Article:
The Truth About Three Sisters and Cedar Creek Falls


Three Sisters and Cedar Creek Falls in San Diego County

Social media has made Three Sisters and Cedar Creek Falls very popular San Diego hikes.


I constantly see Yelp reviews as well as Instagram and Facebook posts about how the hike “almost killed them” but how it was “worth it.” Truth is, multiple hikers die at these falls every year.


Both Three Sisters and Cider Creek are downhill hikes and then an uphill return hike. Most hikers have no problem getting down to the falls. They get into trouble trying to return to their vehicles tired, dehydrated, and sometimes drunk. Neither of these hikes is for kids, dogs, or inexperienced hikers. There is no shade nor bathrooms along the trails. Think about that...no bathrooms. Yuck!


Three Sisters Falls

Three Sisters Falls is a challenging 4.5-mile hike downhill (and then uphill return) on an UNOFFICIAL trail. To get to the trailhead from either Descanso or Julian, you have to drive about 11 miles on Boulder Creek Road, which is not paved. There is no parking lot, so parked cars clog up the narrow dirt road.


Cedar Creek Falls

Cedar Creek Falls, erroneously known as "Devil’s Punch Bowl," is another challenging downhill (and return uphill) 6.6-mile hike round trip. The trailhead is also down a long dirt road, and there is no parking lot. The US National Forest Service requires a permit (cost $10) to hike the trail. Permits must be bought ahead of time and are not sold at the trailhead. Rangers do check for permits.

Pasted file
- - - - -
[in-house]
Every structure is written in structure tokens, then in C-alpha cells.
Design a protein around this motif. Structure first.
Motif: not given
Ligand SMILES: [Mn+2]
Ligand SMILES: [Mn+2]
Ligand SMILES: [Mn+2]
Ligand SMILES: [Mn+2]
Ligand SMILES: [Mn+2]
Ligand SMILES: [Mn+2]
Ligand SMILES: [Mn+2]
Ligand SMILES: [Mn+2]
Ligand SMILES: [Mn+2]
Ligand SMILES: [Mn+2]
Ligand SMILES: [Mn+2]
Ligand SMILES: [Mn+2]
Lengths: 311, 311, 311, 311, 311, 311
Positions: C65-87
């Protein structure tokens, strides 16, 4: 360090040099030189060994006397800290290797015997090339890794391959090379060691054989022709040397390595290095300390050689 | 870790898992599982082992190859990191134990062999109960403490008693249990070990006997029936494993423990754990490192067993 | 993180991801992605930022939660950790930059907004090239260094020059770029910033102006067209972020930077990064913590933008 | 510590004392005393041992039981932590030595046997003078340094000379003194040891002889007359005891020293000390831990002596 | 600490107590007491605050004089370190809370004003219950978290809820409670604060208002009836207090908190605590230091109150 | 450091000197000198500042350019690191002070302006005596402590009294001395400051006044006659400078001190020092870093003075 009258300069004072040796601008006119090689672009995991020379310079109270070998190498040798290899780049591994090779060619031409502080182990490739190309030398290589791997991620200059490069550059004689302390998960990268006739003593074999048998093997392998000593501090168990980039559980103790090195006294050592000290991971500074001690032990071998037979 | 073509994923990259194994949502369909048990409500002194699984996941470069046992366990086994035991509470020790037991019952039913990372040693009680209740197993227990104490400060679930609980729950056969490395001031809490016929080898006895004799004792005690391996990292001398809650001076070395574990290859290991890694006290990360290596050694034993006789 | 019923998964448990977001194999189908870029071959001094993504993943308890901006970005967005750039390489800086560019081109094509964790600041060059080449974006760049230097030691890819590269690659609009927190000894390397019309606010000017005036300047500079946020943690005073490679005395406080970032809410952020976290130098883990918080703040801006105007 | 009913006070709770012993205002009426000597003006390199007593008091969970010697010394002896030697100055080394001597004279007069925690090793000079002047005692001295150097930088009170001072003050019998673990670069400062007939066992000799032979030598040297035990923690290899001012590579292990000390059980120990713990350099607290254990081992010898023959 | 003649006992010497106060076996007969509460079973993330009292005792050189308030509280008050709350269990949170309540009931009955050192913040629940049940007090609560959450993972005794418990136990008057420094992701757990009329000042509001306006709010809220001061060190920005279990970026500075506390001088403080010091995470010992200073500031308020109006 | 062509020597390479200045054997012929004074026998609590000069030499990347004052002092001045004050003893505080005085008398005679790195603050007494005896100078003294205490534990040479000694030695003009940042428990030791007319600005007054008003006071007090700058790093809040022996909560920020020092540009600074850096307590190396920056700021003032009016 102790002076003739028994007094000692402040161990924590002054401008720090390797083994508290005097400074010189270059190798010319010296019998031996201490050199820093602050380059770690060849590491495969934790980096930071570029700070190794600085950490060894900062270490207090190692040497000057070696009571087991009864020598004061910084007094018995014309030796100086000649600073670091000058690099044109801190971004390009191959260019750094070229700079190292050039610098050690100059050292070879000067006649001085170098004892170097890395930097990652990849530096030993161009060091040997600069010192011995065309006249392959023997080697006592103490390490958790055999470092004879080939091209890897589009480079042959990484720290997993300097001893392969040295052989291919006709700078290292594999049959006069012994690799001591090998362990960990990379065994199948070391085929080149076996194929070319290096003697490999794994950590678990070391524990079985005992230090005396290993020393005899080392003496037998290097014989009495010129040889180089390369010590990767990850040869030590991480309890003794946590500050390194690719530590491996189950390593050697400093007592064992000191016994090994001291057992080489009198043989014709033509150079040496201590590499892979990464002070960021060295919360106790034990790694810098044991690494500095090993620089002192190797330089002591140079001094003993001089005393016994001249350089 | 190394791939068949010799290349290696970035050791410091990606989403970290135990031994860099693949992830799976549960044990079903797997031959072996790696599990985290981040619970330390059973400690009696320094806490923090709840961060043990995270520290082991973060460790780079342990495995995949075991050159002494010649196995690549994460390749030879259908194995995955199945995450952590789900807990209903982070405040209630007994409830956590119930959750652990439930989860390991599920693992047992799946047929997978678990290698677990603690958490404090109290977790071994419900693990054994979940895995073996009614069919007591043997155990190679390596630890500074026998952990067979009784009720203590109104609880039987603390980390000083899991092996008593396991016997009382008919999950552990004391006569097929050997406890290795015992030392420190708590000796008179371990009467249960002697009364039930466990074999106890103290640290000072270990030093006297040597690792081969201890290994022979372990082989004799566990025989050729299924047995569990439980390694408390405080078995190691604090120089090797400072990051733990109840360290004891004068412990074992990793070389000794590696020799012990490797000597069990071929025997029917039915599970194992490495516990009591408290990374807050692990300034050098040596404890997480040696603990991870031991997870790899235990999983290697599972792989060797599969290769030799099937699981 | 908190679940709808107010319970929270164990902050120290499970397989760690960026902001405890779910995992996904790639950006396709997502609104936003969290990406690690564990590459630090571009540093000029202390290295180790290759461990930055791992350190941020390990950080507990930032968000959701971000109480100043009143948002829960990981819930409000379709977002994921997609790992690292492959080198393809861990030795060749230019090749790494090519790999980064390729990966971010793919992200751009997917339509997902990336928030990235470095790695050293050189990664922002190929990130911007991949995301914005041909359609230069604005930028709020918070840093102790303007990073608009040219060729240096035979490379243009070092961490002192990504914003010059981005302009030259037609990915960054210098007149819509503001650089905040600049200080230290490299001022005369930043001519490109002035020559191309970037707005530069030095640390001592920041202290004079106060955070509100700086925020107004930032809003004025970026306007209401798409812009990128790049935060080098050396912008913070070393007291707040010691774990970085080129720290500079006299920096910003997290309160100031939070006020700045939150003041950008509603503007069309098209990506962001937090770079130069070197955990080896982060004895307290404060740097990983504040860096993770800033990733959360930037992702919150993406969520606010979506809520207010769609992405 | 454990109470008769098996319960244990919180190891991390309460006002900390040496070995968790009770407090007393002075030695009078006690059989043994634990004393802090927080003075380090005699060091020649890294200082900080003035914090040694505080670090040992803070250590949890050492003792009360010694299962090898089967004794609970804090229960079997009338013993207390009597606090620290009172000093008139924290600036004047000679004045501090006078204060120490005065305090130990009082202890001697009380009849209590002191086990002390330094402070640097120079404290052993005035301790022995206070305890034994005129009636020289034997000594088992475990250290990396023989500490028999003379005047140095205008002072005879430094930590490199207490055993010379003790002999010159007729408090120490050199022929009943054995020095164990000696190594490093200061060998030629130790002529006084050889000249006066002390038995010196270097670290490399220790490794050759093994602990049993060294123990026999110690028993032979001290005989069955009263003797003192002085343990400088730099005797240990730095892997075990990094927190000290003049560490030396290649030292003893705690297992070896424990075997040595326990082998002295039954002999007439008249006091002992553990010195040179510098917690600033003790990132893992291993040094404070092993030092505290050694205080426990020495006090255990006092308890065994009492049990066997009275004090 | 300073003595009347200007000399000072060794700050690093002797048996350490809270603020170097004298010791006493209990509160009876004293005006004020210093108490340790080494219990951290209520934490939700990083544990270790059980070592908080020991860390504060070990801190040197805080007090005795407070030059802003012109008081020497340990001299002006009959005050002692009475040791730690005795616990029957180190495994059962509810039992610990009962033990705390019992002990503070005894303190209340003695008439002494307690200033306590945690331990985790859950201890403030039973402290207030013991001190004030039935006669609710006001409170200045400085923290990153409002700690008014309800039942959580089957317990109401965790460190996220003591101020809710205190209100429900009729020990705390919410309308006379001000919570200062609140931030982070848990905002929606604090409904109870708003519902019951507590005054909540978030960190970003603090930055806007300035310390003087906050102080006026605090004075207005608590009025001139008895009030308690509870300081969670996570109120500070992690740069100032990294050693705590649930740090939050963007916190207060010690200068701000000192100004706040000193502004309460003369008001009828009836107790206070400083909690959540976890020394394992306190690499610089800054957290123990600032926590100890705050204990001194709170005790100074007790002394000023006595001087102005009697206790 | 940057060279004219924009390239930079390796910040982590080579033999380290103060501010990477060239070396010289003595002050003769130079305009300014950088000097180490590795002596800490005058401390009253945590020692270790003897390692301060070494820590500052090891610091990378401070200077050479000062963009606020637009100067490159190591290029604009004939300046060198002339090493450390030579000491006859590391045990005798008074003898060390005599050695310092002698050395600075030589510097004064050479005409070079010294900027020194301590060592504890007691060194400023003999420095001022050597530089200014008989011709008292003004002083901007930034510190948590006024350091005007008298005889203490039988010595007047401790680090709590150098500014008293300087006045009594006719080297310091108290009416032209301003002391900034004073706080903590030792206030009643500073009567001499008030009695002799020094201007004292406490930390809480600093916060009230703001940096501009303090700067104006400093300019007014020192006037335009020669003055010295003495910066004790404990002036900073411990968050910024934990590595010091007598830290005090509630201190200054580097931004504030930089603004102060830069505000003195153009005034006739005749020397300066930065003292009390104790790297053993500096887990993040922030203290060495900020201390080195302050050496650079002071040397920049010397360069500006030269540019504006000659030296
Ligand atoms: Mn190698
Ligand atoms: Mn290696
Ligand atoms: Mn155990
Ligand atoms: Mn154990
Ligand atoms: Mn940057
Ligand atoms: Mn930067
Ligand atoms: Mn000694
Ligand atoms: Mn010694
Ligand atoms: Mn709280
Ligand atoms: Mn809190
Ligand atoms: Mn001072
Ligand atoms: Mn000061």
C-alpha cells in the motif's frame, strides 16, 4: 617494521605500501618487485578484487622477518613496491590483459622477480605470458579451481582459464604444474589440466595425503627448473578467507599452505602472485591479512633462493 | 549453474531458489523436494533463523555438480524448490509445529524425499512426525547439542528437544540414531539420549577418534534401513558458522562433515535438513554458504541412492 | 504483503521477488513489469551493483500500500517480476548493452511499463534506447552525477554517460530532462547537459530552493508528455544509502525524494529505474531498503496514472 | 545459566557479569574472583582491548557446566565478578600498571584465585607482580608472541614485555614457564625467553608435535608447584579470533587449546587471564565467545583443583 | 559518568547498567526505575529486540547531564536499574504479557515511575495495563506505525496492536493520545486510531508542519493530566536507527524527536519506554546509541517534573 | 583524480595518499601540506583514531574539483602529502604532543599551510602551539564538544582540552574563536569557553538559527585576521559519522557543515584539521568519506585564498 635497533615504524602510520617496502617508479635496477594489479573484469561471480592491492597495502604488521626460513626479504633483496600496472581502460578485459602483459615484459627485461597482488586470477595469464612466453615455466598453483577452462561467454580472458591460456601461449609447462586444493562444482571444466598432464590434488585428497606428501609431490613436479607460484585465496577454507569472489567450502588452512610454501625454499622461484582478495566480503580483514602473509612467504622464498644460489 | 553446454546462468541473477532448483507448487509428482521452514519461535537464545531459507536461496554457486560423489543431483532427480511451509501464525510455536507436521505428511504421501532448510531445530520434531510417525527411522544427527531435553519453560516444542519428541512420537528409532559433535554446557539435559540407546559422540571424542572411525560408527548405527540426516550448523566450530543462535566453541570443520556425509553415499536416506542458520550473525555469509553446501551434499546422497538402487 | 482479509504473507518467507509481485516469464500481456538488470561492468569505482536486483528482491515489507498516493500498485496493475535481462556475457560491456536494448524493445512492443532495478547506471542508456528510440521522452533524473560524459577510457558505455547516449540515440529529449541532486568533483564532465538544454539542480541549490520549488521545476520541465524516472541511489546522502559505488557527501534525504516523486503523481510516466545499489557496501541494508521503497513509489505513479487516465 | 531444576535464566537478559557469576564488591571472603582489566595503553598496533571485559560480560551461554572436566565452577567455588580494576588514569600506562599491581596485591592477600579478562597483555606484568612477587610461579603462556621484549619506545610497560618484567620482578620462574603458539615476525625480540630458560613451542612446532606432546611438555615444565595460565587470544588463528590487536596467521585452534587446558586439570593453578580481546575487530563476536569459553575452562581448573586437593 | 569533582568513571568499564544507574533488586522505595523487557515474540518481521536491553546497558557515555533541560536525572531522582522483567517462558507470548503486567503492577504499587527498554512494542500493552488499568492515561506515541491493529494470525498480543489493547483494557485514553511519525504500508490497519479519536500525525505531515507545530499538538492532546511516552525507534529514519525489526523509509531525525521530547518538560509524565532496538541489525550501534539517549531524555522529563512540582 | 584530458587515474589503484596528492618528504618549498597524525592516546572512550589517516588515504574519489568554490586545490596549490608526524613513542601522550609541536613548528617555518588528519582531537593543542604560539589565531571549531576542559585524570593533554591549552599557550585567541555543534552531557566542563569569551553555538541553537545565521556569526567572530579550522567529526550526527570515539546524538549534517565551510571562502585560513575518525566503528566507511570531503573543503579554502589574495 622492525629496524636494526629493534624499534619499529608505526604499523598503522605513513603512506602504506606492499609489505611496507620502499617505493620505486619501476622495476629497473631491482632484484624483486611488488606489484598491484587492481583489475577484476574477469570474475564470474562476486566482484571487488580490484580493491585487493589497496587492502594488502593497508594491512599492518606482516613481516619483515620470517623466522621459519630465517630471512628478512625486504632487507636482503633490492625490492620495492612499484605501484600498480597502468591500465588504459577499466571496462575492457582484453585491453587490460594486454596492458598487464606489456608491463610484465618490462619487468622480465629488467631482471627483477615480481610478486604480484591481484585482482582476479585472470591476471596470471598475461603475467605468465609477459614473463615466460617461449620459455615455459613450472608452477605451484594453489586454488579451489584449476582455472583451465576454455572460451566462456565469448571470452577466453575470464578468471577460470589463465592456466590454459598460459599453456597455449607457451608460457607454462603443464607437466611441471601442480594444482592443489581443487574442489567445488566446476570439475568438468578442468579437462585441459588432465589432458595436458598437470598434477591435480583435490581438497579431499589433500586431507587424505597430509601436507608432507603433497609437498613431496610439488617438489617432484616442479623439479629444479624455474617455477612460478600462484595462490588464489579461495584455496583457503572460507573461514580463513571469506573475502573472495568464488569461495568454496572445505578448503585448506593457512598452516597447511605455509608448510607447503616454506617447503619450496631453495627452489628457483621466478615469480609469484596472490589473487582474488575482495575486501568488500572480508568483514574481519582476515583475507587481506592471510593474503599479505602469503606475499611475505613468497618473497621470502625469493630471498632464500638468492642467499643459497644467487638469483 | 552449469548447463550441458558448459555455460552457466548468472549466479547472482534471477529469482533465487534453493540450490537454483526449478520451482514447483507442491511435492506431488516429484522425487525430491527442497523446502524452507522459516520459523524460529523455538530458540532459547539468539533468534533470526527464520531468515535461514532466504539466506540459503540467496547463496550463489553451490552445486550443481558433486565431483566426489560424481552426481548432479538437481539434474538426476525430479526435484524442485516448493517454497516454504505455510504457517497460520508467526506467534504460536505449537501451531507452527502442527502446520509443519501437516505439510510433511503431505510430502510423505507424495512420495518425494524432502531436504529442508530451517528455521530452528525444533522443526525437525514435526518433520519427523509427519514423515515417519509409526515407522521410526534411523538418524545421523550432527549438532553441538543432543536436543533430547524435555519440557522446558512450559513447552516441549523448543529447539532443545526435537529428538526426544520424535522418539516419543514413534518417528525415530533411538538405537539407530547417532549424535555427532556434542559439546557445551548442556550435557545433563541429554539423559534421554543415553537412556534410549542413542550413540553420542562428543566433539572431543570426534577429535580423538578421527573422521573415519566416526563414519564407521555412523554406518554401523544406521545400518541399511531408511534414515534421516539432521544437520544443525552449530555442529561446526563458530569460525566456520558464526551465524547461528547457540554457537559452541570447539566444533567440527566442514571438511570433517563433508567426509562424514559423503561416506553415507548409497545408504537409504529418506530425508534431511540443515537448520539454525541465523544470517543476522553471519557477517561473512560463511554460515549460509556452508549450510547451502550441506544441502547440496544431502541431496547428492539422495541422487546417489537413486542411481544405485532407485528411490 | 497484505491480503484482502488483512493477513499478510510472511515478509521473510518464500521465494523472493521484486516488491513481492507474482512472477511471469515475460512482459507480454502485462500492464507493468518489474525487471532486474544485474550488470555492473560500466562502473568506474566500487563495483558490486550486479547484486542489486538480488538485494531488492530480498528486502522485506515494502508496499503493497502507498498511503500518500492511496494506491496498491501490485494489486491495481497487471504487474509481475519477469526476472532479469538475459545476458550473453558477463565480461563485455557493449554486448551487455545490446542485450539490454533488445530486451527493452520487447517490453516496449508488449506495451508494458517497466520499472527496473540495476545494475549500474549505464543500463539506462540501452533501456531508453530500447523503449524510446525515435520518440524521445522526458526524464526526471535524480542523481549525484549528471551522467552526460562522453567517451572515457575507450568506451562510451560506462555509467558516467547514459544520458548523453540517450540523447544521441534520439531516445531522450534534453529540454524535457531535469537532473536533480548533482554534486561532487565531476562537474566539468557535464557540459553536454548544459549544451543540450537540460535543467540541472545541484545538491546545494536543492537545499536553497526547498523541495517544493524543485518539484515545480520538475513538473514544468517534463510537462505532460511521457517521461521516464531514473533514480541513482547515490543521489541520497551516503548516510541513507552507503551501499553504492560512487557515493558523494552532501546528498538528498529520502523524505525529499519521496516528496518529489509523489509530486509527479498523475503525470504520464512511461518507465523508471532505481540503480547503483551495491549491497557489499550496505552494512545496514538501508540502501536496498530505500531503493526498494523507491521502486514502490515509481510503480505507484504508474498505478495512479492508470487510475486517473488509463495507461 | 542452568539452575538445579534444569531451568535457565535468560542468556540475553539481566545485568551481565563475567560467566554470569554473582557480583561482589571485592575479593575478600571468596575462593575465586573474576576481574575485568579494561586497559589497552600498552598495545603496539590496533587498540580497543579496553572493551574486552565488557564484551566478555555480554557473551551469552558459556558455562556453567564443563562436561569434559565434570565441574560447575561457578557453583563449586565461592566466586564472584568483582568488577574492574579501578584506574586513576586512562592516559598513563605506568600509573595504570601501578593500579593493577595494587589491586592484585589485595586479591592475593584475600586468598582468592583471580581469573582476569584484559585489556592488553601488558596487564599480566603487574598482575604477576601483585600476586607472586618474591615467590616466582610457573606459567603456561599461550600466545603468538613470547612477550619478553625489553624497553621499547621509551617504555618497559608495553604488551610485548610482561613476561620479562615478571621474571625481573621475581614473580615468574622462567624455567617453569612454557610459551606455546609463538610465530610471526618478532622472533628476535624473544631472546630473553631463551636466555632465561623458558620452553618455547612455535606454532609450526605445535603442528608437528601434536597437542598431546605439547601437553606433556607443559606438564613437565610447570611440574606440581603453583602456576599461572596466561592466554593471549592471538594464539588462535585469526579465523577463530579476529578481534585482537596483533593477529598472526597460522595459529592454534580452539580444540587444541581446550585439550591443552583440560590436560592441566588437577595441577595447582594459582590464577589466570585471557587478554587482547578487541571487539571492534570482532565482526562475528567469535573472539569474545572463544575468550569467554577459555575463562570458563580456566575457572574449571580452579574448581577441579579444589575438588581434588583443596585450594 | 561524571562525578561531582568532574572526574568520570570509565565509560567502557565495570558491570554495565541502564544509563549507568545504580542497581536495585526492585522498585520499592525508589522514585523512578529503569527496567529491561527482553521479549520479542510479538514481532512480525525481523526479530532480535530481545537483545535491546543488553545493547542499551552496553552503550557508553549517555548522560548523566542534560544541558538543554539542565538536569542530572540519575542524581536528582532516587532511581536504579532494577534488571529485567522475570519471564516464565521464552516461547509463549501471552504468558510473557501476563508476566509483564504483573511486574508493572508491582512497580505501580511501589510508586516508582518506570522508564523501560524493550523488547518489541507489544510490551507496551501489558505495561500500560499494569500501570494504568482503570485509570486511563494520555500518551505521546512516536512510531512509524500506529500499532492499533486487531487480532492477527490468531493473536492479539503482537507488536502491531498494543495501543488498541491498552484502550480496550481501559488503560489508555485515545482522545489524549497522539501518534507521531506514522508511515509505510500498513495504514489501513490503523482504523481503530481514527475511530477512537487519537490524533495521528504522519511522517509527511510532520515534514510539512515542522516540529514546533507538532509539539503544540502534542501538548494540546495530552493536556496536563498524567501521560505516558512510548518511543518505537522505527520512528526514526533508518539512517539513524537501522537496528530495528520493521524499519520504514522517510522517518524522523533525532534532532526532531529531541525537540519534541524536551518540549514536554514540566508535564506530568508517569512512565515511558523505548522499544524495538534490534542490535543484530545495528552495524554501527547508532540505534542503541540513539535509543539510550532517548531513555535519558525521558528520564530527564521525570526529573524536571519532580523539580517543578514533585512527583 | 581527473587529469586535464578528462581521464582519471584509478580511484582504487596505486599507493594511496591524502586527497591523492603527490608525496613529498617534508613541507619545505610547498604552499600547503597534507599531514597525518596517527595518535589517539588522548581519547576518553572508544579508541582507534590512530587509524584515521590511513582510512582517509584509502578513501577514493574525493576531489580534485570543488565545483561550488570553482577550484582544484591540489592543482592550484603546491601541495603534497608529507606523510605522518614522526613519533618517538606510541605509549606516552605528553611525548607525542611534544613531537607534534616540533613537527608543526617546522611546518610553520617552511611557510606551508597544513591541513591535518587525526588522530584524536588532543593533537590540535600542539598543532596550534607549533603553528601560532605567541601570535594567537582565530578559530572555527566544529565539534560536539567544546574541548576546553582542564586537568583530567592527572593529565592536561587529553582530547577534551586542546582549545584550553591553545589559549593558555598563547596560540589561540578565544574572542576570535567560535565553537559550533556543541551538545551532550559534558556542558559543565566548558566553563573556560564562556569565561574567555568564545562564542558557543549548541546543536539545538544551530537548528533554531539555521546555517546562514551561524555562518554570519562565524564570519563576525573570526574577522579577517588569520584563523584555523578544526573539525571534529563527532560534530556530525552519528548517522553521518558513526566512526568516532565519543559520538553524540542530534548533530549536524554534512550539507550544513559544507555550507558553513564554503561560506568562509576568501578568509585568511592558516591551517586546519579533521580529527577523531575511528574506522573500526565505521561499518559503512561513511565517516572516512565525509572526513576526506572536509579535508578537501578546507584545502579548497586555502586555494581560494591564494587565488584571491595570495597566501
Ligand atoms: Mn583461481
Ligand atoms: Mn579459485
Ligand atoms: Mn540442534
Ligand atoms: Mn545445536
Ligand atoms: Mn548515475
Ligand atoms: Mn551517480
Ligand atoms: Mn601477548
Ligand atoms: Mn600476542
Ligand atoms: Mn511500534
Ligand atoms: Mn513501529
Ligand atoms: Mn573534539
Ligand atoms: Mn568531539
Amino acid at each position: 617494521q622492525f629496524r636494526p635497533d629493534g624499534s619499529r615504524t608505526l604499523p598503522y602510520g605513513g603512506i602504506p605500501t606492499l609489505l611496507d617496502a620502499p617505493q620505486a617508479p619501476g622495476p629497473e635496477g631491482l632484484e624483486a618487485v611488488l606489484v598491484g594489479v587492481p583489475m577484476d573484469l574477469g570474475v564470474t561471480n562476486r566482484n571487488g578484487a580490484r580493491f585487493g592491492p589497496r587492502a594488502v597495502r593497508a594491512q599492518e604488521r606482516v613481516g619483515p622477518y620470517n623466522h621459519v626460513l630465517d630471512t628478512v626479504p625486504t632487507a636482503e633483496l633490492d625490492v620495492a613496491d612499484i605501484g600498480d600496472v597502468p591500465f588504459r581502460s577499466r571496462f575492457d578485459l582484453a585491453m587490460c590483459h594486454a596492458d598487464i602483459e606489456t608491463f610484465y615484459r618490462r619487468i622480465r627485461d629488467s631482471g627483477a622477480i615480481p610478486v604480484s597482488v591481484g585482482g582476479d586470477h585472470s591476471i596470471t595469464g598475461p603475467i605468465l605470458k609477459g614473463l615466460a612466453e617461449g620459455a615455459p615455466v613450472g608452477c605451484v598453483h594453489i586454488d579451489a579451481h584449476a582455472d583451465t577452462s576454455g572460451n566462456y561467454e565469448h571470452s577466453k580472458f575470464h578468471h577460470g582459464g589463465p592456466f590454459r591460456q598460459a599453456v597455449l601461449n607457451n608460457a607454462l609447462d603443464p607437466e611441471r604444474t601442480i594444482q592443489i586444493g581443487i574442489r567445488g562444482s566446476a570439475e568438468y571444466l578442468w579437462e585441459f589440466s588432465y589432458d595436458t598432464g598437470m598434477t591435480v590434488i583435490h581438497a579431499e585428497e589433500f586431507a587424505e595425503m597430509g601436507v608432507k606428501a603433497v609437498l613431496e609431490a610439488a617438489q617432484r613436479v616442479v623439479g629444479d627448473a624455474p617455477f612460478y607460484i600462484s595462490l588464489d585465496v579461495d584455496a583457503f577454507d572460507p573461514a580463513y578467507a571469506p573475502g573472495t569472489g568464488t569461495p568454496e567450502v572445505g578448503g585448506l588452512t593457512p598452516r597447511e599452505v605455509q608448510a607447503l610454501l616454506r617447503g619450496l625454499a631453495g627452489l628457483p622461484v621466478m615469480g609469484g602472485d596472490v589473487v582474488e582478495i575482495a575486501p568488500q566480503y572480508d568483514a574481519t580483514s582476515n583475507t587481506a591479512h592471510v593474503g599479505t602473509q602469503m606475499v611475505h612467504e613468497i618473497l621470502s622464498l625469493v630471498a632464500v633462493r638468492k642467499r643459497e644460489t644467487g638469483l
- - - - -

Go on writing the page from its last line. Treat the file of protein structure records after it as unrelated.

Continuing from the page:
The real Devil’s Punch Bowl is privately owned and inaccessible. Do not attempt to locate Devil’s Punch Bowl. The owner takes trespassing seriously and has been known to shoot at trespassers. I'm not joking.


What Hikers Need to Know

If you do decide to hike Three Sisters and/or Cedar Creek, make sure to get extra hydrated a couple of days before you go. Bring a least a gallon or more of water per hiker and don't drink alcohol during the hike.


Emergency crews are constantly having to evacuate hikers and pets for dehydration (see links below). Do NOT bring your pets; even dogs have had to be flown out from dehydration and burns to their paws.


Emergency crews are a 30-minute drive away. All patients must be flown out by helicopter due to trail conditions.


If you go, go early in the morning, dress properly, bring lots of water, and be smart.


Lastly, please help us keep the backcountry clean for wildlife and generations to come by taking everything you brought with you home.


Please take a moment to read a few of the stories from Three Sisters and Cedar Creek hikers.